In the lobby of Oak Hill Elementary, the trophy case is packed full of recognition.
In barely more than 10 years since opening, the students, faculty and staff have earned a variety of trophies, but eight bear the 4-H logo.
Since 2004-2005, Oak Hill Elementary has been named 4-H School of the Year eight times.
"Points are awarded to clubs when students present demonstrations, complete service projects, participate in outside of school 4-H events, serve as leaders, or do other activities," said Kim Lawrence, Newton County 4-H program assistant.
"Every Oak Hill class is in the top 10 clubs each month, so 4-H'ers at other schools often ask how Oak Hill earns so many points," she said.
A glance through club activities shows that 4-H'ers from across the county earn points at each event, but Oak Hill's students appear most frequently.
Educational events awarding the most points include District Project Achievement, where nearly half the fifth graders competing from Newton County were from Oak Hill Elementary.
Fifty-four of the 103 fourth and fifth graders who competed at County Project Achievement last year were from Oak Hill, and several of the teachers volunteered at the event.
"I feel that Oak Hill is different because we do not just fit 4-H in when we can," said fifth-grade teacher Andrea Dowdy. "We, at Oak Hill, make it a priority.
"The benefits of 4-H are so incredible that we have to prioritize it within our curriculum. The public speaking requirements help the students with projects that are to come later on in middle and high school."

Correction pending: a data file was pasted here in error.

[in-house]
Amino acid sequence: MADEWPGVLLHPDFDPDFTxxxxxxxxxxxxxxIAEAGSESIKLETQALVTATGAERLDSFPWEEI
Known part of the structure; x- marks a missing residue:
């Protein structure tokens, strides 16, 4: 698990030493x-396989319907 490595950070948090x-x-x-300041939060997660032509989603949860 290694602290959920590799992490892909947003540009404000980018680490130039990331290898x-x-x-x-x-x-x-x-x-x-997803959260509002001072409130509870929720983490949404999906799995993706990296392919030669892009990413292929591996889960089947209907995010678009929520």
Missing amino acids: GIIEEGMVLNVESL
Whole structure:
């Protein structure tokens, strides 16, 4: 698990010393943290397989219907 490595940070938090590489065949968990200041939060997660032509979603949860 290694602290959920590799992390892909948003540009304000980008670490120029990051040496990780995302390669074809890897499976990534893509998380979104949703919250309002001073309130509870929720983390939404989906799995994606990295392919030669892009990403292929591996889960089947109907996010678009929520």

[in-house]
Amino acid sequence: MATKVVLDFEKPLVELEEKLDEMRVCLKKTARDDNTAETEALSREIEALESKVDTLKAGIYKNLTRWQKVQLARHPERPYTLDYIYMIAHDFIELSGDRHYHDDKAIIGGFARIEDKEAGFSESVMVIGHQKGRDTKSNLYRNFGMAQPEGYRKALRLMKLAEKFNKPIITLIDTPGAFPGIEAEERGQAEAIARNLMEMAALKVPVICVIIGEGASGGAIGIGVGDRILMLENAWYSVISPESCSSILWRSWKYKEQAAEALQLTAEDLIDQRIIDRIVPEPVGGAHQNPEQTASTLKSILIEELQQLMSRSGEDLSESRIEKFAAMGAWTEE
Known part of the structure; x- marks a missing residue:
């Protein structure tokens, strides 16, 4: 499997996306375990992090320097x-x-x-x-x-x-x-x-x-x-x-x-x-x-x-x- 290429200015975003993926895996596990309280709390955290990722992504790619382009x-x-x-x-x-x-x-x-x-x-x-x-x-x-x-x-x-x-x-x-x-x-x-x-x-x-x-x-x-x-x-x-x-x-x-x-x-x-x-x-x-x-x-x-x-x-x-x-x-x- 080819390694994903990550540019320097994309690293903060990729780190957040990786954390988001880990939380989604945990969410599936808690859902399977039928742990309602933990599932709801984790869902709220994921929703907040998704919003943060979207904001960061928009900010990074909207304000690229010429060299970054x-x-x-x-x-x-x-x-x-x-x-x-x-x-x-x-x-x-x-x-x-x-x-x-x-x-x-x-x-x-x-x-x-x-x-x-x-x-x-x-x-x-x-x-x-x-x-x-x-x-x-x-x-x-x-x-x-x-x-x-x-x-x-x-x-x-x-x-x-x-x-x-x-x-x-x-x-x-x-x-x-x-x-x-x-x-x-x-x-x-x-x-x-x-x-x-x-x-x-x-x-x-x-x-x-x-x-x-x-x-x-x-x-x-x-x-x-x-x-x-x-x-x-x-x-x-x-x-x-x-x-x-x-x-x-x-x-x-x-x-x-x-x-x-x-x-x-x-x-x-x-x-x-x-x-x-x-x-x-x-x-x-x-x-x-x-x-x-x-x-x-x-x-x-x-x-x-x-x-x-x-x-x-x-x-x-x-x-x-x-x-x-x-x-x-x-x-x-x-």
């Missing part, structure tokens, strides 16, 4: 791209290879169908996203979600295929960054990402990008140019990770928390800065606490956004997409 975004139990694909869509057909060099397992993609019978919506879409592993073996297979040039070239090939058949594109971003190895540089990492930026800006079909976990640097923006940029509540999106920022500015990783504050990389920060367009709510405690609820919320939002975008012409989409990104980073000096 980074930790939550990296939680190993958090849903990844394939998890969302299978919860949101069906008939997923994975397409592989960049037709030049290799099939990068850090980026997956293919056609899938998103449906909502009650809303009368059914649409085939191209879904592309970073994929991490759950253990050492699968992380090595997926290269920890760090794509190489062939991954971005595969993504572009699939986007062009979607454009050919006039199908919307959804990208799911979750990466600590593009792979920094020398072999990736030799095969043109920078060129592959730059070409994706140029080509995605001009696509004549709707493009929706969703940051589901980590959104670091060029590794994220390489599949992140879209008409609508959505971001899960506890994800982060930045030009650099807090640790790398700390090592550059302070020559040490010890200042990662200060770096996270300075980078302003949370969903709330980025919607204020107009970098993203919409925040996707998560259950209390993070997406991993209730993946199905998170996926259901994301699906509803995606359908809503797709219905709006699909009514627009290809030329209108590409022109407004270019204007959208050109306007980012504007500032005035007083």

Every fifth grade 4-H'er is asked to complete a four to six minute public speaking demonstration with posters and props.
Oak Hill has 100 percent participation because teachers Nicole Benton, Lisa Bond, Andrea Dowdy, and Colt Harper spend an entire week on 4-H projects, requiring every student to complete the assignment during October of each year.
The school provides posters as well as personal support for each student through the process.
"This morning, a student told me what a great job Ms. Dowdy did helping him with his project,so even the students understand the importance of teacher support," said Lawrence.
Each month, a portion of the class takes a turn presenting at the 4-H meeting.
In addition to projects, Cloverleaf 4-H'ers are encouraged to participate in service projects throughout the year, such as recycling pop tabs for the Ronald McDonald House charities and collecting new and used books for local literacy programs.
"The public service helps the students to become better people within the community, to take care of the environment for years to come, and most importantly, to have compassion for others," said Dowdy.
Newton County 4-H serves Cloverleaf 4-H'ers in every fifth-grade class at 10 elementary schools, as well as through home school and other countywide clubs.
"For most classes, 4-H is something they see an hour a month. Other than a project and maybe a few workbooks, or bringing in pop tabs for a service project, many won't become more active," said Lawrence.
"But some teachers really go the extra mile, and the entire team at Oak Hill is a perfect example. They realize that 4-H work ties to the curriculum, and what student doesn't want some fun to go along with the school work?"
4-H lessons and projects meet Georgia Performance Standards, reinforcing the lessons students learn in the classroom with hands-on activities.
Additionally, Oak Hill clubs invite third and fourth grade classes to take part in 4-H meetings.
The older students lead the meeting and present demonstrations, teaching the younger students what to expect from 4-H.
"Our goal as teachers is to mold each child to become the best that they can be in life. With 4-H on our team, Oak Hill students are destined for greatness." said Dowdy.